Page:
New York school crisis - Council for the Liberation of Daily Life

A situationist inspired intervention into education struggles in 1968. The text was orginally titled "The Newest School Buildings Are Indistinguishable from the Newest Prisons or the Newest Industrial Complexes".

Submitted by Fozzie on April 30, 2023

Beyond the family structure imposed on us, the school is generally the first instrument of social repression a child meets in life. To the school is assigned the task of breaking the will to individuation, of “channelling the mind”, of incapacitating the child with the rules that hold this society together: “This is the way things will be because this is the way they are”; the classroom serves to impress through the medium of daily routine that life is essentially following orders, that the choices are always among the given, that control of your life is, and always will be, somewhere else. Passivity is the rule, and all “activity” is planned (except for the frills: the extra-curricular; and then some). It is not accidental that the newest school buildings are indistinguishable from the newest prisons or the newest industrial complexes.

All the talk around the New York City “school crisis” misses this altogether. And this too is not accidental.

It is significant that the one voice that has not been heard in the great debate is that of the students. But after all, they cannot be expected to understand, because they are only children, partially educated beings: partially moulded to the system. And workers are dumb. And prisoners are unreformed criminals. Or so say the fictions that surround life. In the minds of the Mayor, of the Teachers’ Union, of the State Commissioner, of those who would use the issue of “community control” for their own ends—in the minds of all those who seek to maintain this education as an entrance into this system, there is the fear that if and when the student voice is heard it will say dangerous things. Dangerous, that is, to those people and the system they maintain.

Throughout much of the city, there has been the picture of locked schools with principals on the inside, police on the outside. There is a realization on the part of the Mayor, the Board of Education and the Union that there are far too many people whose “debt to education" might tempt them to convert open, empty schools into
most unusual playgrounds. And there is definitely no place in the curriculum for social creativity, that is, the spontaneous activity of free individuals.

In the interaction of the various protagonists and the students, some are likely to come forward who may sense the meaning of real decentralization, who would then be impelled to want to change the system of education, to throw out this one, establish another. But who, attempting really to throw out this one, will not have to pass through throwing out the city, the state, the federal structures? Danger to the way things are lurks everywhere.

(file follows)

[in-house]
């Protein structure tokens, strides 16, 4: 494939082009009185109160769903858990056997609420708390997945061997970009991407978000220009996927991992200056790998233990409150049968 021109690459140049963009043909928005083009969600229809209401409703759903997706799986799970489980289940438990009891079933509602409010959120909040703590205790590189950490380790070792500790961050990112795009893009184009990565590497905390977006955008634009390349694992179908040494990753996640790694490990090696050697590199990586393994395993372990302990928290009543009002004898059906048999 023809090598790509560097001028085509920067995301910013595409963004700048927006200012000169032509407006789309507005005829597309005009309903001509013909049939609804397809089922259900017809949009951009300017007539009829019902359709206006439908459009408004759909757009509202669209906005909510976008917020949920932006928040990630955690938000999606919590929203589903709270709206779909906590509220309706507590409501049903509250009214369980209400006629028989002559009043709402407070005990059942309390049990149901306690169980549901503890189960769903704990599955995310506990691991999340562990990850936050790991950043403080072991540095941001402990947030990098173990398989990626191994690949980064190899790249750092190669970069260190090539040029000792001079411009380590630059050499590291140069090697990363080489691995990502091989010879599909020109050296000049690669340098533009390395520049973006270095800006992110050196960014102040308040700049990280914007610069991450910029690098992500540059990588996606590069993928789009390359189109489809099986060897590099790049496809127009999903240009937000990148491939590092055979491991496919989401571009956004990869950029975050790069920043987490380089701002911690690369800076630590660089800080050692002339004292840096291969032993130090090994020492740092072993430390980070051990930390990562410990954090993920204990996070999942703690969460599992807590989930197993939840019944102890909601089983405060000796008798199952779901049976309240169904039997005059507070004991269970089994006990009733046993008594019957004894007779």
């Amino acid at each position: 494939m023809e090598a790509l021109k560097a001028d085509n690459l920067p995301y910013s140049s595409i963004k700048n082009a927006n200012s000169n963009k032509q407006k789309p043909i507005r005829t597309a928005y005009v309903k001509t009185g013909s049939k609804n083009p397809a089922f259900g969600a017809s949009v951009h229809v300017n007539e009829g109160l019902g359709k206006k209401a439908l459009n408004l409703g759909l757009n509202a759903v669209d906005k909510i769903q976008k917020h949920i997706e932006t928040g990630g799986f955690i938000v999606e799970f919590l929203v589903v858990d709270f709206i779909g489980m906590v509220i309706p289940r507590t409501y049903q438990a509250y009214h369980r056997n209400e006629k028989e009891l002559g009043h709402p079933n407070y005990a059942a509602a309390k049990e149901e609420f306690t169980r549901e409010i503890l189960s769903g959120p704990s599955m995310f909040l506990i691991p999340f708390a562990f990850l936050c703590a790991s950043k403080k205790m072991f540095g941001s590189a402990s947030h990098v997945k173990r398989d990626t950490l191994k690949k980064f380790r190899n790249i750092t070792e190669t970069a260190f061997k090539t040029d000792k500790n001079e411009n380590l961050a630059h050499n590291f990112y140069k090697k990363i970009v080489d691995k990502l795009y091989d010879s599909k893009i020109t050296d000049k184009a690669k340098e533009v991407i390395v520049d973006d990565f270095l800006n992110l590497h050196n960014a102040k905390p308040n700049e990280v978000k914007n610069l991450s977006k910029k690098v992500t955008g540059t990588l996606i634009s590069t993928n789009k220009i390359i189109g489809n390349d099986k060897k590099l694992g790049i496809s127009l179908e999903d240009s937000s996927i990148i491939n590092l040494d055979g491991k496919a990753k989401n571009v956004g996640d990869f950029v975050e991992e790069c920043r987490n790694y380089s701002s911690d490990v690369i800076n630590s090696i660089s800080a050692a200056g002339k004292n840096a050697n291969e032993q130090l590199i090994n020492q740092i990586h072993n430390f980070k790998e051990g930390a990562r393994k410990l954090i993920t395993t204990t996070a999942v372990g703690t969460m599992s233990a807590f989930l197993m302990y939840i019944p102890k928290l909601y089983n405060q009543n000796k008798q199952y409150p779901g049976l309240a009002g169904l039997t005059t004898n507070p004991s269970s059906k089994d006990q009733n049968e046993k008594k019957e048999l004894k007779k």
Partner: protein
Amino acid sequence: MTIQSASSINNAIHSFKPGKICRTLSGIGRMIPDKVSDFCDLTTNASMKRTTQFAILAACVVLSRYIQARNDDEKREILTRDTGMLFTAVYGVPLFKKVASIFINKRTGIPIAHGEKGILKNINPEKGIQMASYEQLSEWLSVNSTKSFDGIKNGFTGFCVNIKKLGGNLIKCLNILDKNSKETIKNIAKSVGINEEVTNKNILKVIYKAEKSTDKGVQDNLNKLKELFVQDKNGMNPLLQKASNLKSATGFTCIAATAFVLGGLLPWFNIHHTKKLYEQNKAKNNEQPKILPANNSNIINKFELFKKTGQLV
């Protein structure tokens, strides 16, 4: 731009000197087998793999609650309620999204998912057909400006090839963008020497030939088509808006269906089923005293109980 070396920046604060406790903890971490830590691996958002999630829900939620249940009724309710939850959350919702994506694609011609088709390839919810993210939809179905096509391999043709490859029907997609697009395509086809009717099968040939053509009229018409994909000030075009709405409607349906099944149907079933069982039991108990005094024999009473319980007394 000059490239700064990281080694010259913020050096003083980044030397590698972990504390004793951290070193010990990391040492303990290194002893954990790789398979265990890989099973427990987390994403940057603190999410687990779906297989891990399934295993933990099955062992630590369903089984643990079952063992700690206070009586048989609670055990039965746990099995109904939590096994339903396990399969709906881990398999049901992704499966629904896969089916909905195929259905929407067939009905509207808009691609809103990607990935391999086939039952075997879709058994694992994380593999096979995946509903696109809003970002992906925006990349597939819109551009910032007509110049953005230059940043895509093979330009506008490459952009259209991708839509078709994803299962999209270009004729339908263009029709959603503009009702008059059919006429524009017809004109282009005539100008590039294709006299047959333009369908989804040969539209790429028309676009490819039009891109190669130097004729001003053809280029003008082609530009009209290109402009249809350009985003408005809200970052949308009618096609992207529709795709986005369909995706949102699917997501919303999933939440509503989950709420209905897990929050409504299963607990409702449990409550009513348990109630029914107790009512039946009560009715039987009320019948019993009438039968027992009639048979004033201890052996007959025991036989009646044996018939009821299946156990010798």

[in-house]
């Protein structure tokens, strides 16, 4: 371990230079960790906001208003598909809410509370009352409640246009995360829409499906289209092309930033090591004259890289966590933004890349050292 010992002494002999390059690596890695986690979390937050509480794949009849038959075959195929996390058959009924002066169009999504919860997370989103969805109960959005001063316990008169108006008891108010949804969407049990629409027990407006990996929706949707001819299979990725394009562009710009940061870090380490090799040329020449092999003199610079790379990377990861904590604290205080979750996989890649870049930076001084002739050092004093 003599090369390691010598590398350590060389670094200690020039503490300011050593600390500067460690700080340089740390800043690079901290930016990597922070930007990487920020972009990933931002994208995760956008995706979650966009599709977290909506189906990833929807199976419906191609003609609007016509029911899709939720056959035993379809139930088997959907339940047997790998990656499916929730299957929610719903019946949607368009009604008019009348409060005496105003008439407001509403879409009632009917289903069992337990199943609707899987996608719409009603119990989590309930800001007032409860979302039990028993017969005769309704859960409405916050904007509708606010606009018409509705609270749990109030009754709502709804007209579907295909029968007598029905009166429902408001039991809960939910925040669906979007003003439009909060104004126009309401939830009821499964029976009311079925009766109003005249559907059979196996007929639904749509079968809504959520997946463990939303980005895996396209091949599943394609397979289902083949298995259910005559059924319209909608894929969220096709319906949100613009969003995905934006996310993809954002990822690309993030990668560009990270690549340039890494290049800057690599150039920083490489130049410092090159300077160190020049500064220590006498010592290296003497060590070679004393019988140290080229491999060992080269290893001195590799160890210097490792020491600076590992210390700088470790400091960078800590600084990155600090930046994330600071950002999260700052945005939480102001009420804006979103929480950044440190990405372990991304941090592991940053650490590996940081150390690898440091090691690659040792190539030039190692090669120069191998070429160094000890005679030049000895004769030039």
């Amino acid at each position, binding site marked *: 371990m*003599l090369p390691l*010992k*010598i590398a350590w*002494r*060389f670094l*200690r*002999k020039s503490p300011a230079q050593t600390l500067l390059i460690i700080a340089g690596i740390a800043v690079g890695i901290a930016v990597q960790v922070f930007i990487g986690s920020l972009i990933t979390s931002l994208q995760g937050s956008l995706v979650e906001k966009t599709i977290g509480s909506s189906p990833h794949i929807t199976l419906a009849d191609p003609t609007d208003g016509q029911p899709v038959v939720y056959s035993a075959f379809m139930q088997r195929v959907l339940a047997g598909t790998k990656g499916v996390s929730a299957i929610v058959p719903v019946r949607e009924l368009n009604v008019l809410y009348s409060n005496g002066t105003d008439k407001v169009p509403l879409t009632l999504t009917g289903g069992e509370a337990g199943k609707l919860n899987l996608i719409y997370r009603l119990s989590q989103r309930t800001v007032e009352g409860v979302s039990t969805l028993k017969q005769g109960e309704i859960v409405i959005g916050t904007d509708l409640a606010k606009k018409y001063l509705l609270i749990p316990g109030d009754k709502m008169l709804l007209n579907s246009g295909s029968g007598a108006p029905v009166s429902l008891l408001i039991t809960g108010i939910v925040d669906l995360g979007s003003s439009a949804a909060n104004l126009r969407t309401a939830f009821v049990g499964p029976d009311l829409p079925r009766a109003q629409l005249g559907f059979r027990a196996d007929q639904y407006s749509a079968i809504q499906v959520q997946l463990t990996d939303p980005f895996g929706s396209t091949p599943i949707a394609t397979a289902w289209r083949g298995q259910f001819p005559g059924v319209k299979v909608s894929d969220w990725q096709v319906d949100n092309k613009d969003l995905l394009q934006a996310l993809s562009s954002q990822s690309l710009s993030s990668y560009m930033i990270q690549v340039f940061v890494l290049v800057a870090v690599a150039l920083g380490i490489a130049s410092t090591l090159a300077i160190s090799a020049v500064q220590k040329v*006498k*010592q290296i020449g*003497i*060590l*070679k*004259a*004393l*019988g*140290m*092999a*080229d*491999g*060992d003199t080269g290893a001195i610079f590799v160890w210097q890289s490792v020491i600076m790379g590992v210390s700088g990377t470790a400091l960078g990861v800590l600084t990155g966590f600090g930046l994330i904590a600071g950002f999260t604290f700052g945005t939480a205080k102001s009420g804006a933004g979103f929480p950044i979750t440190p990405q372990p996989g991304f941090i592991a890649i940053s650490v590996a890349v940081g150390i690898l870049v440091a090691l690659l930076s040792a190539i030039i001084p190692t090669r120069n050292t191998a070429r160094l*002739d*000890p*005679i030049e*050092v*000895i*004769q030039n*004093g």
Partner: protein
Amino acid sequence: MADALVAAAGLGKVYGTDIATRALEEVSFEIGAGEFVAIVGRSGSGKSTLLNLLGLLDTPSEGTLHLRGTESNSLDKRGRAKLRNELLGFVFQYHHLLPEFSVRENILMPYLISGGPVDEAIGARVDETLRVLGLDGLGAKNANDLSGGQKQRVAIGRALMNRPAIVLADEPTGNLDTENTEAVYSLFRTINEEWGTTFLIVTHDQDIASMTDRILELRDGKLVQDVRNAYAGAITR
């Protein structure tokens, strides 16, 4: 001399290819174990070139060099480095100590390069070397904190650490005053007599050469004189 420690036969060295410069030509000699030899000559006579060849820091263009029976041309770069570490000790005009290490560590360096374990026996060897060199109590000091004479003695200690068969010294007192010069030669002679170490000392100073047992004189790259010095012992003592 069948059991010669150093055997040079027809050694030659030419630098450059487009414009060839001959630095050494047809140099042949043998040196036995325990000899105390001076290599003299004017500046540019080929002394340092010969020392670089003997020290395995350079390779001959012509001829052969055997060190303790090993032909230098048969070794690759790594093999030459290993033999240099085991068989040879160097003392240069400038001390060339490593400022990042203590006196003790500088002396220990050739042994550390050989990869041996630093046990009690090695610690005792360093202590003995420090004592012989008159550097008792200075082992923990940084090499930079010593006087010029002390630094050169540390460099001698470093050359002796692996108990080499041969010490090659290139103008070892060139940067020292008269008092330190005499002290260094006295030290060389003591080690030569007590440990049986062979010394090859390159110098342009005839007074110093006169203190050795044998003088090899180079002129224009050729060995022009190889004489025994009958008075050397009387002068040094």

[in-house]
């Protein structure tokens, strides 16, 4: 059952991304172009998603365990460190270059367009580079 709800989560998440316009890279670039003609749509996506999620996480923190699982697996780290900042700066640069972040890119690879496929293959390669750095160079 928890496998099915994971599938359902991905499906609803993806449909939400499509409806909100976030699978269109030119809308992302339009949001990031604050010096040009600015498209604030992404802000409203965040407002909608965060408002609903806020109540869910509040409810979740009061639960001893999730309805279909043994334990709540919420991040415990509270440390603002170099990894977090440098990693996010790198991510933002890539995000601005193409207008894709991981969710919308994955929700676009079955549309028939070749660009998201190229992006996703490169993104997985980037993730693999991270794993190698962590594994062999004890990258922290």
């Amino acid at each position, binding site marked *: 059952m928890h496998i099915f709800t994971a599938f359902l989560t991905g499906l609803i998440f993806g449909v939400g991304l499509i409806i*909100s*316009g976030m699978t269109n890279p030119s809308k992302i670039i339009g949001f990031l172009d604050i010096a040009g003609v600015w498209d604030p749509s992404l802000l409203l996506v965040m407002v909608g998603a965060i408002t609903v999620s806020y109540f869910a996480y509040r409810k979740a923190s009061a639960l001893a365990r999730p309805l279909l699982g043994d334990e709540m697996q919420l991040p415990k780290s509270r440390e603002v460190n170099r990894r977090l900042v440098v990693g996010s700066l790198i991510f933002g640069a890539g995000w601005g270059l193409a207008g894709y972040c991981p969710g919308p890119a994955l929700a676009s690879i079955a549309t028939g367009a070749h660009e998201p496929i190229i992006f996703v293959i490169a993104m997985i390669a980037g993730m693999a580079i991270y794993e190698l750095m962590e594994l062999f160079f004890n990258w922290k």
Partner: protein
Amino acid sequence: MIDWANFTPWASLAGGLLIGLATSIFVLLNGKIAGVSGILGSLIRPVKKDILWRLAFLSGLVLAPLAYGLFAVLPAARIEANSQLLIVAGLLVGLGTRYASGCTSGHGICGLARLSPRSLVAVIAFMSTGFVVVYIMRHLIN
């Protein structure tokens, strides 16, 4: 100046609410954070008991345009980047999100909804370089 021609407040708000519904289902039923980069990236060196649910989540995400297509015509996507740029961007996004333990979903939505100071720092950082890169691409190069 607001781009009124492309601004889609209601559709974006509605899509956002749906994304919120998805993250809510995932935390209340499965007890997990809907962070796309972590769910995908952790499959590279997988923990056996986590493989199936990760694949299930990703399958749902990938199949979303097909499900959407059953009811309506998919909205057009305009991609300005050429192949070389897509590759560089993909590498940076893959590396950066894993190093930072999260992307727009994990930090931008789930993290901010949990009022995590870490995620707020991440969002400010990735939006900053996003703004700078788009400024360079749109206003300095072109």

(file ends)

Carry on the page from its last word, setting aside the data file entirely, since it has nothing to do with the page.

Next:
The system—as it is so often called in reference to the overall prevailing organization of life—is caught in an irreversible decay. But a system that decays does not necessarily pass. All of its solutions are attempts to arrest decay, freeze relations, make the system permanent : “decentralizing” schools is one such solution, building suburbs is another. The fascination with the synthetic — from transistorized hearts to glass-bubble cities — is no accident. The synthetic is so much more easily manipulated, controlled, and always, for a better living, as we all know, through chemistry.

As long as the struggle is to maintain variations on what is, the solution to changing life is obscured, and obstructed.

“Well,” someone will inevitably say, “from your analysis, we might conclude that people should do nothing about what they see as wrong or feel oppressing them, until they are prepared to attack and change ‘the whole system’.”

This is not our meaning.

Those who feel it is meaningful (not those desiring to use an “issue”—the politicos, manipulators, those out to build constituencies), those who feel it is meaningful to fight over this or that must do so. What we say is the assault required to change one part is an assault from all sides, on the whole. People activate themselves, engage in protest, because of how it makes them feel. And we will all feel best when the control over all facets, all aspects of our lives resides in us alone.


Box 666, Stuyvesant Sta., N.Y., N.Y. 10009

Libcom note: The text above was edited for Anarchy (presumably for its mainly British audience, as New York specific references are removed). The original can be read at